And then there were four!
Democratic leaders say Louis Jerome, scion of a family of Manhattan real estate owners and Democratic Party donors, is about to jump into the race to replace term-limited City Councilman Domenic Recchia (D-Coney Island) — pitting him against three other already-declared candidates in the primary race.
“He’s going to announce in just a couple of days,” said a state legislator close to Jerome, lauding the 28-year-old’s personality. “He’s a great guy, great people skills, and he’ll do a great job.”
Jerome has yet to file with the city or state, leaving him far behind Assemblyman Bill Colton (D-Bensonhurst) aide Mark Treyger, Christine Quinn staffer John Lisyanskiy, and neighborhood activist Todd Dobrin, who have already declared their intentions to run for the seat that represents Coney Island, Seagate, Gravesend, and parts of Bensonhurst. But leading Democrats noted the wealth of Jerome’s family — which owns 75 Broad Street, near the New York Stock Exchange, among other valuable properties — will give him a distinct advantage when it comes to funding.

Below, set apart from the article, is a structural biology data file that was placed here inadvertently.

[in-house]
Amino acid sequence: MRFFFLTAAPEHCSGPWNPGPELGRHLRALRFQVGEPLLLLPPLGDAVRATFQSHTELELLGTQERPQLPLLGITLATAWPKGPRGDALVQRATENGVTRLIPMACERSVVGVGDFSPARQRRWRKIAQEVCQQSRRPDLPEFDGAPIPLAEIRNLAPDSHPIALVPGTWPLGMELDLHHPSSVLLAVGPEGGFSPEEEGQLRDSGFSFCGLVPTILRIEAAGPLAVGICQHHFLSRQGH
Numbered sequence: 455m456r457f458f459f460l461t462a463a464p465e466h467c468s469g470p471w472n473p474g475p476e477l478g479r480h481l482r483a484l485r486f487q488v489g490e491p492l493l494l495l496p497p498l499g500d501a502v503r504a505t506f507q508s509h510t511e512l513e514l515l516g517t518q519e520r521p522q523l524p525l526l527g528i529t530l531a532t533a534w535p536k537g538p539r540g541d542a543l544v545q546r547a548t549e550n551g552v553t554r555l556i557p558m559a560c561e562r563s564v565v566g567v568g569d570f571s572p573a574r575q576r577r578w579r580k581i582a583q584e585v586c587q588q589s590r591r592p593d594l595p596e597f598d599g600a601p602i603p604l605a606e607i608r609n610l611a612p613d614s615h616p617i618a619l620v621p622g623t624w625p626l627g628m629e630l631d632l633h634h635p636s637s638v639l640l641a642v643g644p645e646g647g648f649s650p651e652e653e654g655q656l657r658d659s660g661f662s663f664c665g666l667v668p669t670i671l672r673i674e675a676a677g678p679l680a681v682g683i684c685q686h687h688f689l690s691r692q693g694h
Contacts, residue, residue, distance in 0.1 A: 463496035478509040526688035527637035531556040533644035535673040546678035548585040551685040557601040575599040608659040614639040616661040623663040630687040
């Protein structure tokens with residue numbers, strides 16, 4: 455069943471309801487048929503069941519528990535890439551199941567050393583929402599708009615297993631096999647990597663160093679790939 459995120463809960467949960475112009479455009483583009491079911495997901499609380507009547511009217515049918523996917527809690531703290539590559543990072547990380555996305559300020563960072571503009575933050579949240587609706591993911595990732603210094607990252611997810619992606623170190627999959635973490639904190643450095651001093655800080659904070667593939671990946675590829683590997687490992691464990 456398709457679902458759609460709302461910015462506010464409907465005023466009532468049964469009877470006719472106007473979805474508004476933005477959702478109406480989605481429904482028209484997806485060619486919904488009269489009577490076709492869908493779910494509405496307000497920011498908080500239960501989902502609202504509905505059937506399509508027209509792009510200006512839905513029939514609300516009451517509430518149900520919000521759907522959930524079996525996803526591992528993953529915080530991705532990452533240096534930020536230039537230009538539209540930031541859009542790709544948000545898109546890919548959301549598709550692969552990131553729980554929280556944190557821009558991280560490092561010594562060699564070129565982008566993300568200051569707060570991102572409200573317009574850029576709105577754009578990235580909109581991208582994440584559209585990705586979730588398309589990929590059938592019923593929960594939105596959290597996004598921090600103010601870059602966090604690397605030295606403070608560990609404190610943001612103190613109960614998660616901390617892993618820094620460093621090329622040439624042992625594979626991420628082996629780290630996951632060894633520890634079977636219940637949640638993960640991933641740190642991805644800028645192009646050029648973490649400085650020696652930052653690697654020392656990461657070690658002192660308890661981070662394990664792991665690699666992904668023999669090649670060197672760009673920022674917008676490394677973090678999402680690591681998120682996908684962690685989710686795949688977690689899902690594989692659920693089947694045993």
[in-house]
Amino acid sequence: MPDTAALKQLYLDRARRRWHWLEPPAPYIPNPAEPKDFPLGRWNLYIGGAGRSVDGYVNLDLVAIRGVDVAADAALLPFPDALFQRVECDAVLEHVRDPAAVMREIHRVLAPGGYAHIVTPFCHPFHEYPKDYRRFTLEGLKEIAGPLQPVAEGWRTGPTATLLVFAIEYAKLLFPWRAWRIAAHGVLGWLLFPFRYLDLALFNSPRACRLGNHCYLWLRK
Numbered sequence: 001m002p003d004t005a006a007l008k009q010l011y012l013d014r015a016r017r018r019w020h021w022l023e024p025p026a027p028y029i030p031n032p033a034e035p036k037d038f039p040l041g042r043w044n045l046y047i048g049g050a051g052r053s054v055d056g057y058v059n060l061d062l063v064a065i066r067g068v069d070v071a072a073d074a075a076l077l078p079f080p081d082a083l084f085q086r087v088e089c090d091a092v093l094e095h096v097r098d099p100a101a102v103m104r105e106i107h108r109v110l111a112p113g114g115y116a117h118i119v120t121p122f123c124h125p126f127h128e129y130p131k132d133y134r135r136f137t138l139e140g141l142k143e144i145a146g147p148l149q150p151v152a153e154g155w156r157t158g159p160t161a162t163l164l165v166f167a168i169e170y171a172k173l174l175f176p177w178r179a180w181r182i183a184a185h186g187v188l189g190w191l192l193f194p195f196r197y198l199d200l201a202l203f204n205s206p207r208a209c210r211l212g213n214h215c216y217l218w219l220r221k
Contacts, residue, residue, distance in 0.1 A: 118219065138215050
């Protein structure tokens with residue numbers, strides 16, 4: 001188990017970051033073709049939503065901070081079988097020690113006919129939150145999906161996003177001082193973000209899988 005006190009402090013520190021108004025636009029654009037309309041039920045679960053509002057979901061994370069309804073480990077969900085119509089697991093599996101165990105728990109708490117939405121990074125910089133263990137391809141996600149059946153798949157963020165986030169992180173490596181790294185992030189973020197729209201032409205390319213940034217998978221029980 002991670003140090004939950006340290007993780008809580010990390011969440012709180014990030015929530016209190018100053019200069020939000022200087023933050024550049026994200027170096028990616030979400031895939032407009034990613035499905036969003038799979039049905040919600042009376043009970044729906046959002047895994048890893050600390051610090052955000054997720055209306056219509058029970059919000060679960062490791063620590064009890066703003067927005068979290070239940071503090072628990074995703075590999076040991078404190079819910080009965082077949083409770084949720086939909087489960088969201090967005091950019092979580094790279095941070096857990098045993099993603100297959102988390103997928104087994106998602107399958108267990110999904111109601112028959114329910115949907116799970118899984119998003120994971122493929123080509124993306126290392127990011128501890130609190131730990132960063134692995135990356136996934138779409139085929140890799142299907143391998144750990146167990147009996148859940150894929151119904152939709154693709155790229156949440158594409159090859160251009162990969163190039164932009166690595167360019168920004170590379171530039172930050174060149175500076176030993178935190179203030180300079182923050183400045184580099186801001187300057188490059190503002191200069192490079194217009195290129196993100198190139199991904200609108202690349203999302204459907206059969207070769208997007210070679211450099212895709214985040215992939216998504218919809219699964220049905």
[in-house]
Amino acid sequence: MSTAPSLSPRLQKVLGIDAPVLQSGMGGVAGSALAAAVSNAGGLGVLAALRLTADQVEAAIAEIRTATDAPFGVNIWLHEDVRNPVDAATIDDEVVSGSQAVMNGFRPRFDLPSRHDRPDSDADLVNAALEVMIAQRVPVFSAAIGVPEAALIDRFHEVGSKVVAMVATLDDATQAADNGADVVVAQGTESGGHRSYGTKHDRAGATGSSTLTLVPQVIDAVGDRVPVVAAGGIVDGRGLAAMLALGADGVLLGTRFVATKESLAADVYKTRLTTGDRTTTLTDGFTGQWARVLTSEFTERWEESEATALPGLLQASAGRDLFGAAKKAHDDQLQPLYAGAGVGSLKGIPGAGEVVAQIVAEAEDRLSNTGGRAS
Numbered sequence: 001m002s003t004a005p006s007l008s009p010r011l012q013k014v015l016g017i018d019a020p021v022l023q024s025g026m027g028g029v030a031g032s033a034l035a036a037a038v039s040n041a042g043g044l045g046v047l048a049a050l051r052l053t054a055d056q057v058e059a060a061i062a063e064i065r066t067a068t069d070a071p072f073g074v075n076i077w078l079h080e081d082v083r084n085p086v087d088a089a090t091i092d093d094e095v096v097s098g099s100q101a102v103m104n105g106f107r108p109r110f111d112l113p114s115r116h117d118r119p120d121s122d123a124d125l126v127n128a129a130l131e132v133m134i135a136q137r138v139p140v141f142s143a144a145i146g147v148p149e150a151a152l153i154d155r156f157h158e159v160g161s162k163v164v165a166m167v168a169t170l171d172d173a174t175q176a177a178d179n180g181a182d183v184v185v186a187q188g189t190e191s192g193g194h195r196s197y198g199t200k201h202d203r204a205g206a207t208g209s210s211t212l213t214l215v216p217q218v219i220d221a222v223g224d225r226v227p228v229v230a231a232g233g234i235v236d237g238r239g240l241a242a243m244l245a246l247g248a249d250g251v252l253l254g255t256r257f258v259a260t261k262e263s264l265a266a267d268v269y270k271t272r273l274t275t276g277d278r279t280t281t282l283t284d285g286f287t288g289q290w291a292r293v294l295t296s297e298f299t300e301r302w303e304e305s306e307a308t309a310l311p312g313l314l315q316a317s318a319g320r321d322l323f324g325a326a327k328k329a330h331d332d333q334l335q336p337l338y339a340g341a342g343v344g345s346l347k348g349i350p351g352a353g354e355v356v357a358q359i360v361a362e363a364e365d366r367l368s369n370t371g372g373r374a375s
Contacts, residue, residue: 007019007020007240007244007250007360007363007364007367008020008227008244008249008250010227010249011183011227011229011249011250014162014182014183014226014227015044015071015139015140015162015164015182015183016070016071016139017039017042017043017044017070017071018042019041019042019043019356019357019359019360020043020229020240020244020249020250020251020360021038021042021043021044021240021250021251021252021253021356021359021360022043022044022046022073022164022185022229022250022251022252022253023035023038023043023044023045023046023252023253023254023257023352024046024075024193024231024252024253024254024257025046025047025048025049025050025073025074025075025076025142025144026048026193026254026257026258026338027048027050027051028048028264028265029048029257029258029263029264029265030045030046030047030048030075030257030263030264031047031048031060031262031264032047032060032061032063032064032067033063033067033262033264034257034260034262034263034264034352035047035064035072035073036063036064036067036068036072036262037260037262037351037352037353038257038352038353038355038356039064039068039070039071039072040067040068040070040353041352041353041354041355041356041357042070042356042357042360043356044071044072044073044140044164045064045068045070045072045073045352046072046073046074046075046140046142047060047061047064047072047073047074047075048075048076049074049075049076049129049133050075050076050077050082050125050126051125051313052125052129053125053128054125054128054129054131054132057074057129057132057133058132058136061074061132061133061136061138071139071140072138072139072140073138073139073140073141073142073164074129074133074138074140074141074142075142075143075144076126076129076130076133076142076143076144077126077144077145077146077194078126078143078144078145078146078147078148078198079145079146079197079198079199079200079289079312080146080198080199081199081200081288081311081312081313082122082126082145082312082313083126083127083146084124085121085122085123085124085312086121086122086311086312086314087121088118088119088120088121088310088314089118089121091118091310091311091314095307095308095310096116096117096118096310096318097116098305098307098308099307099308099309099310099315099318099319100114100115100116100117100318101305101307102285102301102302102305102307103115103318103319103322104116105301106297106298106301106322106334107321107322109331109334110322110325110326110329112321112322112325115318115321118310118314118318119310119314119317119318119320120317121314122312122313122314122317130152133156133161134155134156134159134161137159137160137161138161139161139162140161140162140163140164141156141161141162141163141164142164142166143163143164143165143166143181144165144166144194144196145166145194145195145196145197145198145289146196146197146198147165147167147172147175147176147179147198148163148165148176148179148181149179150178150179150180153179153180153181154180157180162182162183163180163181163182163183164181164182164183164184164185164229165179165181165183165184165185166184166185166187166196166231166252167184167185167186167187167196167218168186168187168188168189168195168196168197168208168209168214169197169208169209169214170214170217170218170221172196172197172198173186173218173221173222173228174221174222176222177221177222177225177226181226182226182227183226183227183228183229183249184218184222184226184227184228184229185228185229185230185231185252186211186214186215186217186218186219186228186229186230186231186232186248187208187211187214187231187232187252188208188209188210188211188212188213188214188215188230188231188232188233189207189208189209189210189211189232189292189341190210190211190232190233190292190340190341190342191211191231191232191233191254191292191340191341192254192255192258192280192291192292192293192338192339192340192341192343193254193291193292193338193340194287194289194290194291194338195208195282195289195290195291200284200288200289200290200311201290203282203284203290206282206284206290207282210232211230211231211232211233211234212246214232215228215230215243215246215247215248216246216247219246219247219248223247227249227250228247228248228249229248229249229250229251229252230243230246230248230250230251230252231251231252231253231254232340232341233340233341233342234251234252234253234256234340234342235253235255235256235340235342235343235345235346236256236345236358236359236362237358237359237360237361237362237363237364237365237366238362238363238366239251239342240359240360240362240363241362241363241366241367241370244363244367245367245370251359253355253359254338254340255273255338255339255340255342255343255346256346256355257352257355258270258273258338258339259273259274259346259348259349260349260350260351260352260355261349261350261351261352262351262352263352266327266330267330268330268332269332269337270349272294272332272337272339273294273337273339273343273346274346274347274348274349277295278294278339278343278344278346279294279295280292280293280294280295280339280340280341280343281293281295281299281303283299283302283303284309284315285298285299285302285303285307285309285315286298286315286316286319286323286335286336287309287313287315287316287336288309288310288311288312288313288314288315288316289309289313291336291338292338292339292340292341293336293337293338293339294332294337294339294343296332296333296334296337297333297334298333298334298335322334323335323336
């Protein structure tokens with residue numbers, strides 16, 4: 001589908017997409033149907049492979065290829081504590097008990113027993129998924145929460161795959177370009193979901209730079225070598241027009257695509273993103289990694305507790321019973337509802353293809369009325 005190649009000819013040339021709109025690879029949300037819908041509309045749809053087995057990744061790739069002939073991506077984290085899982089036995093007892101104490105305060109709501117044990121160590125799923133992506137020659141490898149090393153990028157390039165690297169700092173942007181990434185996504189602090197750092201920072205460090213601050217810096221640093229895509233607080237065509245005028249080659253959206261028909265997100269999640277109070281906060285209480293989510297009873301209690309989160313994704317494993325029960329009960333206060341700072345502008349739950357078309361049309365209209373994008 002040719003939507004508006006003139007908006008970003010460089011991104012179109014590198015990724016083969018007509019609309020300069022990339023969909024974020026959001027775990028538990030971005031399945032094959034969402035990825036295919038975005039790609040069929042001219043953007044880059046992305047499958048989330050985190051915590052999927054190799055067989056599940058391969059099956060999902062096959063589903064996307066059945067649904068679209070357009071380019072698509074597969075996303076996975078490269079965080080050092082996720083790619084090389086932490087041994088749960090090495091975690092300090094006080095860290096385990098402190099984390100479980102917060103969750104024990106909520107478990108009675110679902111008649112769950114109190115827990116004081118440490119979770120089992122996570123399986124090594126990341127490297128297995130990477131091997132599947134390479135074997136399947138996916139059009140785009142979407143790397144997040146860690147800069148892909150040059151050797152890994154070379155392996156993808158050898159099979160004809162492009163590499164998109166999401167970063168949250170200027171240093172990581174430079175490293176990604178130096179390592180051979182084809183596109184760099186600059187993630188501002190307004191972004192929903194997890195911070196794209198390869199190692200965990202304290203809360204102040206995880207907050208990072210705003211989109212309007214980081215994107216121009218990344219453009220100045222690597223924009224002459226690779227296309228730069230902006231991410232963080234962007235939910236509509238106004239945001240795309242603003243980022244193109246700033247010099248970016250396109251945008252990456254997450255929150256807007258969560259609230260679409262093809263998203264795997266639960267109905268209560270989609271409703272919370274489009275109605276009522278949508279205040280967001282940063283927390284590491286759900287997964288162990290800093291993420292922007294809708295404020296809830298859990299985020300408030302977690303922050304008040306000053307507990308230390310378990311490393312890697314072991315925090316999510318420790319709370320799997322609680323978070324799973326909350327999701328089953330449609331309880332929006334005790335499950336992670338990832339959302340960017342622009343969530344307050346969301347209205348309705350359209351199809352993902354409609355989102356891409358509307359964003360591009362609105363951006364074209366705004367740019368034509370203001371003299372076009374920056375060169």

“This kid was driving a Ferrari when he was 20 years old,” a party insider said. “He’s always wanted to be in the City Council, and he’s going to spend whatever it takes to win.”
The Jeromes have long been generous to Recchia, who hopes to challenge Staten Island’s Michael Grimm for his seat in Congress in 2014.
The family has given the outgoing councilman more than $27,000 toward his various campaigns — including $8,415 that Louis Jerome has donated personally. Additionally, the Sephardic Community Center at the corner of Ocean Parkway and Avenue S — where Louis’s father, Joseph Jerome, and his grandfather, Morris Bailey, sit on the board — paid for a notice in the New York Times when Recchia’s father died in 2006.
Neither Recchia nor Jerome would comment for this story.Reach reporter Will Bredderman at wbredderma
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